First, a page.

Mike & Co. —
The Chair of the Federal Reserve went before House Financial Services to provide a report on the nation’s economic condition, a kind of bi-annual checkup. No news was made, no fireworks went off and no market mood swings occurred. As for the Fed’s next move, it’s wait-and-see a little while longer.
We thought it might happen in March, signs pointed to it. Now, the guess is June (sound familiar?) For details, don’t wait, see below.
Fed Chair Yellen testified before House Financial Services this morning for the Federal Reserve’s bi-annual Monetary Policy Report. These appearances allow Yellen to explain the Fed’s, actually the Federal Open Market Committee (FOMC)’s, analysis and projections regarding America’s economic performance as well as to signal the factors underlying its actions in the months ahead.
The rate change in December 2015 was the first time the Fed raised rates since 2006 — some worry that even a modest increase in rates at this juncture would further slow already limited economic growth after years of uncertainty.
The bottom line: the FOMC won’t rollback rates in March and it’s not likely to raise them either. The Fed likes what it sees in the labor market, wage growth looks strong, and emerging market missteps continue to be a threat to the US economy but perhaps not an immediate one. The next rate move is almost certain to be an increase but it could wait until June or later.
Yellen reiterated much of the FOMC statement from last month: the labor market remains strong, but shows some signs of remaining slack, that the low inflation we have seen is caused by “transitory” effects (low energy prices), and that global market uncertainty creates some level of risk for slow growth at home and abroad. Though Yellen did not make a prediction on how long these transitory market effects would last, a number of forecasts for oil prices show the dip lasting through 2016.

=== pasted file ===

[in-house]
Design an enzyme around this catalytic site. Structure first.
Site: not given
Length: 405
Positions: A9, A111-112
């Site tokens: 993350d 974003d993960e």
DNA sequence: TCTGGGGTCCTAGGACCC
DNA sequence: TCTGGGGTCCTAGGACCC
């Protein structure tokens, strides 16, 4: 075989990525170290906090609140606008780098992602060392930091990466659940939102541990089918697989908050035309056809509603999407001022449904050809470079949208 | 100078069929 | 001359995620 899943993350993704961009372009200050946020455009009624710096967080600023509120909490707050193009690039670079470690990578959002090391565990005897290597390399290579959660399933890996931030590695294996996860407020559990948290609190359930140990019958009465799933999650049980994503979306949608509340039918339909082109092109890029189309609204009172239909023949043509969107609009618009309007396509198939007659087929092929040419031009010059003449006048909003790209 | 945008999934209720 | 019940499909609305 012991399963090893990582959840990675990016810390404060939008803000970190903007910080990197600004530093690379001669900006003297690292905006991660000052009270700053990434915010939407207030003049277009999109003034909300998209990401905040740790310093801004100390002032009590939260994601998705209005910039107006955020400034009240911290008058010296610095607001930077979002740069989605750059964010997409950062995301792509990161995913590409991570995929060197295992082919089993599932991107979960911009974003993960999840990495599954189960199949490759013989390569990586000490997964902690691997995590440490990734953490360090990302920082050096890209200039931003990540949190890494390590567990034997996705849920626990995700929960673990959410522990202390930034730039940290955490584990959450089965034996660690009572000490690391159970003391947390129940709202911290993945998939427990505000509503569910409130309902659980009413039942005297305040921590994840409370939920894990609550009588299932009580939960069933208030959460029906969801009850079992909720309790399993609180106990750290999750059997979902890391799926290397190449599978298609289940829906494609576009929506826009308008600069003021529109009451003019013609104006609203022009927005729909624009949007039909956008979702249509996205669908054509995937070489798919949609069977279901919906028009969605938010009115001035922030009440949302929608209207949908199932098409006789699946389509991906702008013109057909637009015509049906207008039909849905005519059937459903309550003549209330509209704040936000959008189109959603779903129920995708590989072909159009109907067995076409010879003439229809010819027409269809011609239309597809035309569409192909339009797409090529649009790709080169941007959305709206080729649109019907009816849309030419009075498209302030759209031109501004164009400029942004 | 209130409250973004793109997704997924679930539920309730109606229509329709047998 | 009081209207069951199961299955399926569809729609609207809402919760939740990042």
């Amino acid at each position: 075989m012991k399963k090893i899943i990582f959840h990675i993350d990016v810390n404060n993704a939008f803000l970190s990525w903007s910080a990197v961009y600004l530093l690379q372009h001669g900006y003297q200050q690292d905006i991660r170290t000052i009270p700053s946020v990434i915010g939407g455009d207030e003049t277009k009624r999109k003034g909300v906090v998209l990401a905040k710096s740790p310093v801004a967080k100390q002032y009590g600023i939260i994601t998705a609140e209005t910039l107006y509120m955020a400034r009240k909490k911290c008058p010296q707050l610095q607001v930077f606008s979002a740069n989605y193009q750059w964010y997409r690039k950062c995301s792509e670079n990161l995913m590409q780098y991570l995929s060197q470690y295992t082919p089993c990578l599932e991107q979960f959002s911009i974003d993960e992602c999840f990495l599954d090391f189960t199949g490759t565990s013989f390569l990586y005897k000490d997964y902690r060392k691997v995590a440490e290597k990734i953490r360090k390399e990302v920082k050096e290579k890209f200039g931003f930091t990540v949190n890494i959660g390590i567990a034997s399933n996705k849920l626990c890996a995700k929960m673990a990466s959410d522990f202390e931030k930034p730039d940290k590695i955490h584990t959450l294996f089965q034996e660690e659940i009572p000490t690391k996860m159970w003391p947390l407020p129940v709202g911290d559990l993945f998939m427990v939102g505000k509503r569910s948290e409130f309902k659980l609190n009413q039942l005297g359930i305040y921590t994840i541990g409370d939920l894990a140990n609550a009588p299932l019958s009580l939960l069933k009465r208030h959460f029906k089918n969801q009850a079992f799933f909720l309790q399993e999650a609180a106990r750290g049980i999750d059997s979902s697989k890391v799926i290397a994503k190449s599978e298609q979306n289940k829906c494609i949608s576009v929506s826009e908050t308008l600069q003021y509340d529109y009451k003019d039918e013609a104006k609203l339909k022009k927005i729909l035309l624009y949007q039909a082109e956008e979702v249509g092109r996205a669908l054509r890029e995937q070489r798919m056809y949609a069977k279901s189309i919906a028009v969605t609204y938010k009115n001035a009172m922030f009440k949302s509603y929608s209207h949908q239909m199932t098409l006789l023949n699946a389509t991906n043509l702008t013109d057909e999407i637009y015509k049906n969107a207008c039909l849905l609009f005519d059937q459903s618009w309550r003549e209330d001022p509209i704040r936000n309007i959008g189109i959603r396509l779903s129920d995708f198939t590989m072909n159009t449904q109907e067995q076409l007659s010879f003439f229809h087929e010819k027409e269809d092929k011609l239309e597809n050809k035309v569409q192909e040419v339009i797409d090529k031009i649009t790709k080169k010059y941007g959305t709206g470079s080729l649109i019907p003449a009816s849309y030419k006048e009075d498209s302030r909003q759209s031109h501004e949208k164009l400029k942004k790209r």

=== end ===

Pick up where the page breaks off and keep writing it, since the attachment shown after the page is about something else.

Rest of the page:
Expanding on global growth issues, Yellen said “These developments, if they prove persistent, could weigh on the outlook for economic activity and the labor market, although declines in longer-term interest rates and oil prices could provide some offset,” she added: “Foreign economic developments, in particular, pose risks to US economic growth.”
The GOP is generally critical of “accommodative” (lower) Fed rates. High-net-worth individuals benefit the most from high rates through dividends and interest from savings. Low rates allow more growth for the middle- and lower-classes at the risk of inflation, tacitly supporting Democrats’ progressive fiscal policy goals. Some conservative economists have gone so far as to blame low interest rates pushed by the Fed in the 1990’s for the market meltdown in 2007, claiming that cheap credit was the cause of the overheated housing market.
Strong Labor Market
Discussing the labor market in greater detail, Yellen pointed to the cumulative increase in employment since 2010 of 13 million jobs. The rate in January fell to 4.9 percent, 0.8 points below its level one year ago; measures of labor market conditions such as the number of people who are working part-time but want to move to full-time positions and the number of individuals who want to work but haven’t searched recently are also decreasing steadily. Regarding these broader labor market indicators Yellen testified that “… these measures remain above the levels seen prior to the recession, suggesting that some slack in labor markets remains. Thus, while labor market conditions have improved substantially, there is still room for further sustainable improvement.”